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for Iron Dragon

3/2 c7 Neo-byzantium
I'm glad the Chinese team beat Pravda and put Katyusha in her place. While I like Katyusha, she was being a spoiled brat towards the Chinese in every way possible and needed to be taken down a peg or two. Nonna at least was being good and respectful towards them, she and Klara will likely coax Katyusha into being more respectful towards the Chinese team hopefully.

How exactly do some of the Japanese tankery girls think that the Chinese girls are cheating? Because they use more advanced tanks then them?
9/10/2019 c6 1Cloudberry Jam
I'm Chinese in ethnicity and study the language too, so I suppose I'll just weigh in here and reassure you first of all that the names are just fine. Those are all perfectly fine names for girls. The names given to the tanks and battalions are very fitting as well. I love the attention of detail you put into depicting Chinese culture and exploring their backgrounds and histories.

If you're going to insert mandarin into your story it'd certainly help to always include translations somewhere! 比如说,在刮号里面 (for example, in parentheses). This is so that your readers can follow the story much more easily. Don't expect them to do the legwork of consulting Google Translate!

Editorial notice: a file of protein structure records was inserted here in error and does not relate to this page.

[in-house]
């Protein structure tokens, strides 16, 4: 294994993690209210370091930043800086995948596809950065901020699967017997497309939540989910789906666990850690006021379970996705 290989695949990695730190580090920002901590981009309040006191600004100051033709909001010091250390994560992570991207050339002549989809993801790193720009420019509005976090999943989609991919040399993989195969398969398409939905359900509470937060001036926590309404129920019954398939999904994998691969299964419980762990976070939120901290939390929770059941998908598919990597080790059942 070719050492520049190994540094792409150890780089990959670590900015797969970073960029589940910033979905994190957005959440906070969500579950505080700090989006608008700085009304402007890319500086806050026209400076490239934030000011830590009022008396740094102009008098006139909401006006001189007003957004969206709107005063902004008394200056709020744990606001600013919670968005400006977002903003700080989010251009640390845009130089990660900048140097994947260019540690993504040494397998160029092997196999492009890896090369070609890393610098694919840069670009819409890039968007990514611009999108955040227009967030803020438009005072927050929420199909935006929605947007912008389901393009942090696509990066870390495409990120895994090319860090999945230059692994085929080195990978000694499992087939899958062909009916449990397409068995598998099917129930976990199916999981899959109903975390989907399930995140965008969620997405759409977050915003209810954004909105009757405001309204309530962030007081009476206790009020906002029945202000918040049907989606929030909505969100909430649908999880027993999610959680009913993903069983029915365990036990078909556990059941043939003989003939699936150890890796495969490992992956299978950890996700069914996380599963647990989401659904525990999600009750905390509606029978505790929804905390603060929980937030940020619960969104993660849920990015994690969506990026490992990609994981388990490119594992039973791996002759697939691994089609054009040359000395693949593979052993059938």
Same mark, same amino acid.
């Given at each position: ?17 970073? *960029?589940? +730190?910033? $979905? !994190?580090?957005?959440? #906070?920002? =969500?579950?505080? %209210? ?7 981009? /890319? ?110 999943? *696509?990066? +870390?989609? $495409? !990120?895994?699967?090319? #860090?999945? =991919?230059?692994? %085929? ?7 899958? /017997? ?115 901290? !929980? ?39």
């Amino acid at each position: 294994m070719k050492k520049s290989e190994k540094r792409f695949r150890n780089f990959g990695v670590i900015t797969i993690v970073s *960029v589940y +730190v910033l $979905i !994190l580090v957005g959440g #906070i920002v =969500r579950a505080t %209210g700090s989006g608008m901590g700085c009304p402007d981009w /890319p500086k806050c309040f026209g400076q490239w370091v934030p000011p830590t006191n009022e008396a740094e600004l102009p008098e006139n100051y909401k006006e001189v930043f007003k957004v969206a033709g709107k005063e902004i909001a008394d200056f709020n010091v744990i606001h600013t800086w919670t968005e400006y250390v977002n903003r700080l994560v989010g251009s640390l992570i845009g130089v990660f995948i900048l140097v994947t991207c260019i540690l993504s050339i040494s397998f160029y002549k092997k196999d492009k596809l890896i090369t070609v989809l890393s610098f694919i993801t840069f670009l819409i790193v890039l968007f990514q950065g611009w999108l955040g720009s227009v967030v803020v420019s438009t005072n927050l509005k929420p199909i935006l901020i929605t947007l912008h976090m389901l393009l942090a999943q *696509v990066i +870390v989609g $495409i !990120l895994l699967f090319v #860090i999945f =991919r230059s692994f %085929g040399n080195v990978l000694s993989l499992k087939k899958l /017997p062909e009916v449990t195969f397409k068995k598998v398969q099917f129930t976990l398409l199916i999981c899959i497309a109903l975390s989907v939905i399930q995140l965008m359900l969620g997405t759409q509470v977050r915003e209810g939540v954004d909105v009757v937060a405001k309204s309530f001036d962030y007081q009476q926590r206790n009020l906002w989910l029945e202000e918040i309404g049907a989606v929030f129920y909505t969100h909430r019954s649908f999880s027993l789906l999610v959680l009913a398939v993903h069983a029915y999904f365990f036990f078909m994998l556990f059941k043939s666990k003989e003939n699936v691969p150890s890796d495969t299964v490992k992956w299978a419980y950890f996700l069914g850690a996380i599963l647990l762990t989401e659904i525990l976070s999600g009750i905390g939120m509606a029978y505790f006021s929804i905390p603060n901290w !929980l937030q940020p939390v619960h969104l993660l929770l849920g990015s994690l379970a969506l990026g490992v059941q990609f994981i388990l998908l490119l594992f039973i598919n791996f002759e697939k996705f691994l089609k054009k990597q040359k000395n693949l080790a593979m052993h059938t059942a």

Keep up the good work so far!
6/1/2019 c6 Neo-byzantium
Interesting story so far but why are the Japanese teams /except for Oarai/ so rude to the Chinese tankery girls? I can perhaps understand Kuromorimine but most of the other Japanese schools don't seem like the rude and hostile type...

Also, what did the Chinese Commander say to Katyusha to get her riled up?
6/3/2018 c4 Guest
It’s Ooarai isn’t it please be them
6/1/2018 c3 8Fanwright
Oh so this is being written as journal entries then. I see now.
6/1/2018 c2 Fanwright
Voltaire said that?

Anyway, decent chapter! We get at least an inkling of character description and development here with Hui Yin. All we know about her that this point is that her family has had a tradition of fighting the Japanese in WWII and that her mother is a strict police officer. Shame we couldn't get anything else though, especially out of the main character, who's perspective is being portrayed in the first person.

They train for three weeks in the desert regions Xinjiang in western China, enduring punishing conditions before heading out to Japan. While the writing on this is fine, its also a shame that this training period is largely described very briefly, like a monologue. You've told us how the training was. I think it would have been excellent to show us how the training went. Yes, you describe the training with the use of the Frankish Charge, but it felt like it was from a top-down perspective instead of from the perspective of our main character popping her head out of the hatch as dust and sand smatter her face under the harsh sun.

Again its a decent chapter! I hope the next one is more descriptive!
5/29/2018 c1 6TheMalteseTiger